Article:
Tchaikovsky did ultimately agree to come to New York, but on his way to where he would board the boat in France, he was offered a commission by the Mariinsky Theatre in St. Petersburg—they wanted the unusual arrangement of an opera and a ballet that would debut on the same night—and he spent a bit of time in Paris and then in Rouen thinking about the works that would become Iolanta and The Nutcracker.
While in Paris he met a man who had engineered a new instrument he called the Celesta. Francesconi was acutely excited.
“He writes to his publisher in Berlin,” Francesconi said, “and he said, ‘I’ve just met a man who’s invented a new instrument. It’s perfect for the ballet that I have to think about in America, but don’t tell [friend and rival Nikolai] Rimsky-Korsakov, because he’ll use it before me.”
Rimsky-Korsakov did not get to it first, and the Celesta debuted in the Nutcracker, then became a popular instrument for opera, and years later, comprised part of the song “Pure Imagination” sung by Gene Wilder in Charlie and the Chocolate Factory, the scores for Harry Potter films, and the theme song to “Mr. Roger’s Neighborhood”: “Won’t You Be My Neighbor?”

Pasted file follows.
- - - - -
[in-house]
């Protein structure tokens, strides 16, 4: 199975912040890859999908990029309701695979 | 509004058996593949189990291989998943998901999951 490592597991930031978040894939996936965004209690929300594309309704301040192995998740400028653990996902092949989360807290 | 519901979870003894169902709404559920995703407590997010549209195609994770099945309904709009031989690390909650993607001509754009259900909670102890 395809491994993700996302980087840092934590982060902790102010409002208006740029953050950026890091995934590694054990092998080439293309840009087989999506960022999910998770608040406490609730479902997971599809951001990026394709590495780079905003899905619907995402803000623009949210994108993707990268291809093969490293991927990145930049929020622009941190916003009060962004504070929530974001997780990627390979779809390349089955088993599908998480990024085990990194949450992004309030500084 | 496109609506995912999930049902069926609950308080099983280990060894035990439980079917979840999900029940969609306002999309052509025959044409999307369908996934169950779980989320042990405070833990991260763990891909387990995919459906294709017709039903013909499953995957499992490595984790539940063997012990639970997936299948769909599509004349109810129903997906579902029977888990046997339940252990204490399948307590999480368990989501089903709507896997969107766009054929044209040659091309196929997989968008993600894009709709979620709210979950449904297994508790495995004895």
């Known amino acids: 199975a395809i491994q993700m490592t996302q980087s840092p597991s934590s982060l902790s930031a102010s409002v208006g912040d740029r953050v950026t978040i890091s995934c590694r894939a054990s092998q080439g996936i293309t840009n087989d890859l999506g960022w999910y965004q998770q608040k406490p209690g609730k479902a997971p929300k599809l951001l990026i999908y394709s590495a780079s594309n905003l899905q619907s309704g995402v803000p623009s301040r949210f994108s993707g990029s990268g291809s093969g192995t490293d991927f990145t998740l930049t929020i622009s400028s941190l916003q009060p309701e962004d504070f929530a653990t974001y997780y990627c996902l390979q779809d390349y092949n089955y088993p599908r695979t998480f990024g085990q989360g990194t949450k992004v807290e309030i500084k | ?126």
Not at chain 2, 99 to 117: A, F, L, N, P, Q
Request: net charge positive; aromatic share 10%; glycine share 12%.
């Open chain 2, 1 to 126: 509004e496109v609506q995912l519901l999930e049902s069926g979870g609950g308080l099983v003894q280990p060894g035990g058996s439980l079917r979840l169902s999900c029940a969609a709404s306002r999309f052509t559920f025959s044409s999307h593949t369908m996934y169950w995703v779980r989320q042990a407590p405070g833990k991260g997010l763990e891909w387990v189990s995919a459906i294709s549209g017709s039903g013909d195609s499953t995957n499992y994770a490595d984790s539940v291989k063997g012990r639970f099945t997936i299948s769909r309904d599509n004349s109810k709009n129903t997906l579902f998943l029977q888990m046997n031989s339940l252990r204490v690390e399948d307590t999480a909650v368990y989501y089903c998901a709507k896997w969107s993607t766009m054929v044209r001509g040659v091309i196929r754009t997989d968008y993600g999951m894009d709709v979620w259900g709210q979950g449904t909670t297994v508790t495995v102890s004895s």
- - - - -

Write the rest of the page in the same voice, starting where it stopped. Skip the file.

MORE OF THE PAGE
After a few weeks in France, Tchaikovsky boarded the boat for New York. The New World was unfamiliar to the Russian, and on the boat Tchaikovsky wrote in his journal a few questions he felt he needed to ask once he arrived in America: “Is it safe to drink the water? What kind of hats do men wear? Where can I do my laundry?” He had circled an item that read: “Check the acoustics of the new music hall.”
In New York, Tchaikovsky’s arrival was highly anticipated by both the public and the media. “There were articles in the newspapers that, Tchaikovsky’s coming,” Francesconi said, “and tickets sold out; in fact there were complaints in the paper saying, ‘Hey, how come I didn’t get a chance to get my tickets?’”